Thermal capsulorrhaphy has quickly developed into a commonly used technique for treating shoulder instability. However, recent arthroscopic advances as well as reports of results and complications of thermal capsulorrhaphy have diminished its role. It can be used as an adjunct to an arthroscopic instability repair or possibly to treat the micro-instability that can be associated with superior labral anterior posterior (SLAP) tears or internal impingement. It should not be used as the sole technique for patients with true multidirectional instability or frank dislocations. Complications can and do occur, including capsular necrosis, axillary neuritis, residual stiffness, and failure of the procedure leading to recurrent instability. In short, thermal capsulorrhaphy does have a limited role in shoulder surgery, but further investigation is needed to truly know the best indications for this technique.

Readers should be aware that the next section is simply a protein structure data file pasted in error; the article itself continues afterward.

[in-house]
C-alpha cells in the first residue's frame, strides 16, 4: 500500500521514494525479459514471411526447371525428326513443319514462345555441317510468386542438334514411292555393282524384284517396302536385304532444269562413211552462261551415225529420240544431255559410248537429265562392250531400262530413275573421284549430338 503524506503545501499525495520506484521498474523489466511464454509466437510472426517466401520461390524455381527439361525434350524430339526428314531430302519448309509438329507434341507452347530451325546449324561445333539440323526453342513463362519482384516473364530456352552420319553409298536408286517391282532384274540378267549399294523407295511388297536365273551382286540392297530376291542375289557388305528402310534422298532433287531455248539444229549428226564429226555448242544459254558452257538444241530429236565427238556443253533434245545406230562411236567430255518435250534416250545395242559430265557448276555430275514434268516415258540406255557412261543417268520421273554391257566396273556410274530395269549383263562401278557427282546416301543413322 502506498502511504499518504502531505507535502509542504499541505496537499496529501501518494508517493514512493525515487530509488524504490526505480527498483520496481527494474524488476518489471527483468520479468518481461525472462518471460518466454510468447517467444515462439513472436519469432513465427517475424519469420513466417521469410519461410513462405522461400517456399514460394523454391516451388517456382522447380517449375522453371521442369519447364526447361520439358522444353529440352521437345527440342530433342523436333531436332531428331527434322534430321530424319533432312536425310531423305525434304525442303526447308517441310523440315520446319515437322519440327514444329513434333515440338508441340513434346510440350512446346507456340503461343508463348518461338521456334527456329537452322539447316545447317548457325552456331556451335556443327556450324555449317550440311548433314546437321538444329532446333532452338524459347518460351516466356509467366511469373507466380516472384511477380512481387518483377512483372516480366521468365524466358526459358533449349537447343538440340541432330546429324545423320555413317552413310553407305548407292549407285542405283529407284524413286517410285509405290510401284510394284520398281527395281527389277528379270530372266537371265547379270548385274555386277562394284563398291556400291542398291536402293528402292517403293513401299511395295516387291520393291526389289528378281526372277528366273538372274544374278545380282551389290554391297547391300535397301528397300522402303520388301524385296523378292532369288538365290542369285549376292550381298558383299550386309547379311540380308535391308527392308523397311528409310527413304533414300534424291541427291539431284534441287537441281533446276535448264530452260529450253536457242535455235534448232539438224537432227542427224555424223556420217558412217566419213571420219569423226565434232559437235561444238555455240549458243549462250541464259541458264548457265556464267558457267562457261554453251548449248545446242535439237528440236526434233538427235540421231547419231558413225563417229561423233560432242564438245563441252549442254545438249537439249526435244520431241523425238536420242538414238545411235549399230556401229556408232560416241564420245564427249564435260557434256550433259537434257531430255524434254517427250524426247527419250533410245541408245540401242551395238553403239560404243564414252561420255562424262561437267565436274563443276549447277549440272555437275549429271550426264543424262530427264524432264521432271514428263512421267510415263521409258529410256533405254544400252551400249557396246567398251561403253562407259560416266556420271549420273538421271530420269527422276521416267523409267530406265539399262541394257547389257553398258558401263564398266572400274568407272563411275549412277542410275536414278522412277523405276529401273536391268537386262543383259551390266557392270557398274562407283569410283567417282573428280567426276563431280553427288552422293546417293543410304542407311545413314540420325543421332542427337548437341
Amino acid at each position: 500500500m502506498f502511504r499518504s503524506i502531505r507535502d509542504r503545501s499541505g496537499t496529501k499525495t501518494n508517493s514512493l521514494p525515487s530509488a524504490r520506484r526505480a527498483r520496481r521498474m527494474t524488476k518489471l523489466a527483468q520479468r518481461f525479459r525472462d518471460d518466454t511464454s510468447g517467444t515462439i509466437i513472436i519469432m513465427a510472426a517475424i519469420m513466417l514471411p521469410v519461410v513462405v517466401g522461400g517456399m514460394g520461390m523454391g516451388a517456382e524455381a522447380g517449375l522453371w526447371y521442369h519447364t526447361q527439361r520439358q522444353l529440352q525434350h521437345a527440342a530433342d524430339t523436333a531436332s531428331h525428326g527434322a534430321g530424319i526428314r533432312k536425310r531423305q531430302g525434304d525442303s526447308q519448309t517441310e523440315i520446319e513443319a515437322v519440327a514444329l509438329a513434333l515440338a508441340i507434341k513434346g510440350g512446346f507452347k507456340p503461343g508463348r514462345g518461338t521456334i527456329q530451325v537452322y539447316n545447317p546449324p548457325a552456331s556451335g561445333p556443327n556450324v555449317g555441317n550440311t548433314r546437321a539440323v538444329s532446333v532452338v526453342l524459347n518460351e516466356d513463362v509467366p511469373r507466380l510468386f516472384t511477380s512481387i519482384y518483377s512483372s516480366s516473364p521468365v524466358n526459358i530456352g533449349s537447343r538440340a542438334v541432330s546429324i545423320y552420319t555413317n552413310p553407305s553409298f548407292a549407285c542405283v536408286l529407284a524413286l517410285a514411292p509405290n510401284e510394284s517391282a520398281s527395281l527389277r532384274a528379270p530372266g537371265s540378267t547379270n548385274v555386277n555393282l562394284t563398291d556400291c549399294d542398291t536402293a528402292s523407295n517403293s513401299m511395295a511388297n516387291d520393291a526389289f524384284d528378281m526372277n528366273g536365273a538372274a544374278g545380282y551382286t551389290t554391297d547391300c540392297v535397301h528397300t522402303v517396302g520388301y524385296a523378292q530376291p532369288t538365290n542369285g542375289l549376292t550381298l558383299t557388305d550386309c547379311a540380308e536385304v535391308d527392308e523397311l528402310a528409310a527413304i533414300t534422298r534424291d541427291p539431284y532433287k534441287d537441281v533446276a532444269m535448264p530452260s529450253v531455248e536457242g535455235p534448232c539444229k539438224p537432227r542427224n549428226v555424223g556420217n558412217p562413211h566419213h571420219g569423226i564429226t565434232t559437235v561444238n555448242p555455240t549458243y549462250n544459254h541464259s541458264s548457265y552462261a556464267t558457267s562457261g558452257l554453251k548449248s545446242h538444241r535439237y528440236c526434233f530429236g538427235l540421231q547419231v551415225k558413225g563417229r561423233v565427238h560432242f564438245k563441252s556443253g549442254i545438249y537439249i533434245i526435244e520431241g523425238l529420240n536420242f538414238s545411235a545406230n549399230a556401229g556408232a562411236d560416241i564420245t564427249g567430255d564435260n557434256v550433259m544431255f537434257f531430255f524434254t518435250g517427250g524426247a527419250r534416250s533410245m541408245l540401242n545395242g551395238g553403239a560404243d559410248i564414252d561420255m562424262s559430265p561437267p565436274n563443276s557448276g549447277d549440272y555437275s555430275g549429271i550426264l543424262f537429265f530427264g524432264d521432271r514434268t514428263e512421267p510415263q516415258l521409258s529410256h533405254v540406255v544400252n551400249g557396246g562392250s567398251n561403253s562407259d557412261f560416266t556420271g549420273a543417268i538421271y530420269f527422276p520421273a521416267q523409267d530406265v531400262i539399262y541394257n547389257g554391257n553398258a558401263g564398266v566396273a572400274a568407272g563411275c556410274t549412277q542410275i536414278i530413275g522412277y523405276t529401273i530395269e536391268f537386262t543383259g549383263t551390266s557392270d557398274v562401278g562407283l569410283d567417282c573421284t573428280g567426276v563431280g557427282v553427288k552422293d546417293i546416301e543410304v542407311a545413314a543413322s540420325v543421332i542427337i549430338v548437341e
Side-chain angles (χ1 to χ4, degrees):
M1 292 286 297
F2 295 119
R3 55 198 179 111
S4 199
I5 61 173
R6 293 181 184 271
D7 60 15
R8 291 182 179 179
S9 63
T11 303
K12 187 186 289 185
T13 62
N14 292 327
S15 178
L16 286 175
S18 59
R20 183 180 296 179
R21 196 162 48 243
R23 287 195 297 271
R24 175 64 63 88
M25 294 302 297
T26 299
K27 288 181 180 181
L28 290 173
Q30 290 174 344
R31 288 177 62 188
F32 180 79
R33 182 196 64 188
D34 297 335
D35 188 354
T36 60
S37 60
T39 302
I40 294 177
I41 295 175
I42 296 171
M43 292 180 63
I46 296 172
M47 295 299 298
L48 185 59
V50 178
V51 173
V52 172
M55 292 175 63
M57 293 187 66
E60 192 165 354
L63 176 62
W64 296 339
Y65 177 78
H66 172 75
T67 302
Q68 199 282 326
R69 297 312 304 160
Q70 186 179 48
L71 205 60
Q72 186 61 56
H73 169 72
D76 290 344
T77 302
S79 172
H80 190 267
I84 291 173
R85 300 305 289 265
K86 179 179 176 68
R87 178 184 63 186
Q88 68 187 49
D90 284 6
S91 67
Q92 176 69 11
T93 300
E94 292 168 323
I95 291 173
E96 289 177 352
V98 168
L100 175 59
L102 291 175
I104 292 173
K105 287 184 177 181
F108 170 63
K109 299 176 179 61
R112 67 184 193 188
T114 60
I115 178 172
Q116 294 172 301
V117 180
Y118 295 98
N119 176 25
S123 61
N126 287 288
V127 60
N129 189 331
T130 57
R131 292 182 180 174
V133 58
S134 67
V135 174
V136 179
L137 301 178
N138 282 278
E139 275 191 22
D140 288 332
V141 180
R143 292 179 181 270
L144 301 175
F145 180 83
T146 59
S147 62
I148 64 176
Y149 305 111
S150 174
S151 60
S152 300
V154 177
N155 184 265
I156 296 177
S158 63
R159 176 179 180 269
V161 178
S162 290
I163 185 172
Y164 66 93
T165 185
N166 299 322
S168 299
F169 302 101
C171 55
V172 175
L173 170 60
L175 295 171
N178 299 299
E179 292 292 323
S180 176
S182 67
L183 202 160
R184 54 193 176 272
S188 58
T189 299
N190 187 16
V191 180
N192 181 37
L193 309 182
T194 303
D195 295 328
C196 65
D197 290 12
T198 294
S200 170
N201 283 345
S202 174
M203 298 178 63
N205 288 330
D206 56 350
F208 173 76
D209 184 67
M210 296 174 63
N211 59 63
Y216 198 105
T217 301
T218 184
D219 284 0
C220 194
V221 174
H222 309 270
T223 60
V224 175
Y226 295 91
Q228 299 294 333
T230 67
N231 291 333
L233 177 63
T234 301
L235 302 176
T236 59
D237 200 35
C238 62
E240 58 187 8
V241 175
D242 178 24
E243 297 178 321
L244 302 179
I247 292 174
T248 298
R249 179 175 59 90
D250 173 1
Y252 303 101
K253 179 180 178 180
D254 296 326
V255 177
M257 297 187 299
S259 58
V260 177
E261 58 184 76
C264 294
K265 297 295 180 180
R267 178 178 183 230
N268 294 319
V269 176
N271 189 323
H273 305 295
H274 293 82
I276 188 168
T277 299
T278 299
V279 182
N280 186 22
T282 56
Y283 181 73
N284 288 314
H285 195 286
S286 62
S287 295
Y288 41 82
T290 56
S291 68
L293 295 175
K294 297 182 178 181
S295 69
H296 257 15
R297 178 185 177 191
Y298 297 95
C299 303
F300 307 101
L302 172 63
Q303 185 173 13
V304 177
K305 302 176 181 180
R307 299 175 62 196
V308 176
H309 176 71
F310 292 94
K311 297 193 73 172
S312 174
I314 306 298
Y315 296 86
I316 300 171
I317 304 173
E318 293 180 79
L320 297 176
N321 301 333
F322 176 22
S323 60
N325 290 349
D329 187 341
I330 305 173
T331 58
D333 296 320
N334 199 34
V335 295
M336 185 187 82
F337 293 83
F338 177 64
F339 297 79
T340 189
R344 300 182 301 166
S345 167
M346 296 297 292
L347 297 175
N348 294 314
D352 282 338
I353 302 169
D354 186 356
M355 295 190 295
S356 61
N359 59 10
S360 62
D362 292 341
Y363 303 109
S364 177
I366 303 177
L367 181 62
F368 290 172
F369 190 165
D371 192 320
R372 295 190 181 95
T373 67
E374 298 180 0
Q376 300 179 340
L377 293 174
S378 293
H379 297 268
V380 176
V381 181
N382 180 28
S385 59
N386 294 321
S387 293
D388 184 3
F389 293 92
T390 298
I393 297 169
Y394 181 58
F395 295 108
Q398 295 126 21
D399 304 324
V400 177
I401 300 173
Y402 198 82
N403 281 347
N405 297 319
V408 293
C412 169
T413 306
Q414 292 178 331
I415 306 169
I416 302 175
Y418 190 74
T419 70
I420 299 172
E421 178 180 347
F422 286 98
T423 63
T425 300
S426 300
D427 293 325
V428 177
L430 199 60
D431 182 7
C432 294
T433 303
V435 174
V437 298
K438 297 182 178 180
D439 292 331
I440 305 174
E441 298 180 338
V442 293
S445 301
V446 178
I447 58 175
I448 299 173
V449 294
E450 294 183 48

|Number of pages||6|
|Journal||Seminars in Arthroplasty|
|State||Published - Jan 2003|